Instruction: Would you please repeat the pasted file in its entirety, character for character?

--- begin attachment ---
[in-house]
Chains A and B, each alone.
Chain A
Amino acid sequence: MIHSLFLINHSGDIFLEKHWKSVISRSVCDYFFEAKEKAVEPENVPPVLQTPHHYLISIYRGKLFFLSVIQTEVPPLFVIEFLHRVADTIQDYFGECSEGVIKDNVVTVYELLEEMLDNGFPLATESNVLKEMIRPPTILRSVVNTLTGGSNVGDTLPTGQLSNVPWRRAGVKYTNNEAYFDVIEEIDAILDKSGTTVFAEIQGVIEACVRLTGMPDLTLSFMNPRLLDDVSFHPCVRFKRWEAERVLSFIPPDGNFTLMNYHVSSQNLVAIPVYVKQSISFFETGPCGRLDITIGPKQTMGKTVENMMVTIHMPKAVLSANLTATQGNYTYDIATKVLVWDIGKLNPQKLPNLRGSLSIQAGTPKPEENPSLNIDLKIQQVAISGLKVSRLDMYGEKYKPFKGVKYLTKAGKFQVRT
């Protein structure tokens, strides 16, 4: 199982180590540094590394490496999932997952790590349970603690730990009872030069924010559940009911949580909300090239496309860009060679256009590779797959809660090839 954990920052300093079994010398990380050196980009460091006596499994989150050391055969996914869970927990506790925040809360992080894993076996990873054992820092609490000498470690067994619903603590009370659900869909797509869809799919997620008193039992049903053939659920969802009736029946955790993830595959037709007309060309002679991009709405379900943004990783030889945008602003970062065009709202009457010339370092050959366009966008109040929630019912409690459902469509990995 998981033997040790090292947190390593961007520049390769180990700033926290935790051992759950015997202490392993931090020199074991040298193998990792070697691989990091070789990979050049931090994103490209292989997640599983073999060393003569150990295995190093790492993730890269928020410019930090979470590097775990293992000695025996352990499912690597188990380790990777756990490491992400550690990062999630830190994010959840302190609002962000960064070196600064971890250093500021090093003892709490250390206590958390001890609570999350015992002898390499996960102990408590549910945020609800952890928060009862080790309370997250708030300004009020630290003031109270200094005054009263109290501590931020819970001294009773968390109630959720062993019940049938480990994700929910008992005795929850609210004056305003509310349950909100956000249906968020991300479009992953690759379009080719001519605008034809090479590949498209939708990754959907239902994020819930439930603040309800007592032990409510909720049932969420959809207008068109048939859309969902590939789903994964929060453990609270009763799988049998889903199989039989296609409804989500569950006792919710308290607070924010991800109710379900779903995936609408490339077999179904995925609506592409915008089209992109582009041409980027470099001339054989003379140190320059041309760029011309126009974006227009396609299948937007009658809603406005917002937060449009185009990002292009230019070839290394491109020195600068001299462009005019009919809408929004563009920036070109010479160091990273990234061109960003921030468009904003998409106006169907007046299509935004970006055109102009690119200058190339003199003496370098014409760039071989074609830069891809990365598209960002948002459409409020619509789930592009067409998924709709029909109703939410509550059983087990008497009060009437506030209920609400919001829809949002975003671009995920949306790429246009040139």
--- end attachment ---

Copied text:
[in-house]
Chains A and B, each alone.
Chain A
Amino acid sequence: MIHSLFLINHSGDIFLEKHWKSVISRSVCDYFFEAKEKAVEPENVPPVLQTPHHYLISIYRGKLFFLSVIQTEVPPLFVIEFLHRVADTIQDYFGECSEGVIKDNVVTVYELLEEMLDNGFPLATESNVLKEMIRPPTILRSVVNTLTGGSNVGDTLPTGQLSNVPWRRAGVKYTNNEAYFDVIEEIDAILDKSGTTVFAEIQGVIEACVRLTGMPDLTLSFMNPRLLDDVSFHPCVRFKRWEAERVLSFIPPDGNFTLMNYHVSSQNLVAIPVYVKQSISFFETGPCGRLDITIGPKQTMGKTVENMMVTIHMPKAVLSANLTATQGNYTYDIATKVLVWDIGKLNPQKLPNLRGSLSIQAGTPKPEENPSLNIDLKIQQVAISGLKVSRLDMYGEKYKPFKGVKYLTKAGKFQVRT
């Protein structure tokens, strides 16, 4: 199982180590540094590394490496999932997952790590349970603690730990009872030069924010559940009911949580909300090239496309860009060679256009590779797959809660090839 954990920052300093079994010398990380050196980009460091006596499994989150050391055969996914869970927990506790925040809360992080894993076996990873054992820092609490000498470690067994619903603590009370659900869909797509869809799919997620008193039992049903053939659920969802009736029946955790993830595959037709007309060309002679991009709405379900943004990783030889945008602003970062065009709202009457010339370092050959366009966008109040929630019912409690459902469509990995 998981033997040790090292947190390593961007520049390769180990700033926290935790051992759950015997202490392993931090020199074991040298193998990792070697691989990091070789990979050049931090994103490209292989997640599983073999060393003569150990295995190093790492993730890269928020410019930090979470590097775990293992000695025996352990499912690597188990380790990777756990490491992400550690990062999630830190994010959840302190609002962000960064070196600064971890250093500021090093003892709490250390206590958390001890609570999350015992002898390499996960102990408590549910945020609800952890928060009862080790309370997250708030300004009020630290003031109270200094005054009263109290501590931020819970001294009773968390109630959720062993019940049938480990994700929910008992005795929850609210004056305003509310349950909100956000249906968020991300479009992953690759379009080719001519605008034809090479590949498209939708990754959907239902994020819930439930603040309800007592032990409510909720049932969420959809207008068109048939859309969902590939789903994964929060453990609270009763799988049998889903199989039989296609409804989500569950006792919710308290607070924010991800109710379900779903995936609408490339077999179904995925609506592409915008089209992109582009041409980027470099001339054989003379140190320059041309760029011309126009974006227009396609299948937007009658809603406005917002937060449009185009990002292009230019070839290394491109020195600068001299462009005019009919809408929004563009920036070109010479160091990273990234061109960003921030468009904003998409106006169907007046299509935004970006055109102009690119200058190339003199003496370098014409760039071989074609830069891809990365598209960002948002459409409020619509789930592009067409998924709709029909109703939410509550059983087990008497009060009437506030209920609400919001829809949002975003671009995920949306790429246009040139």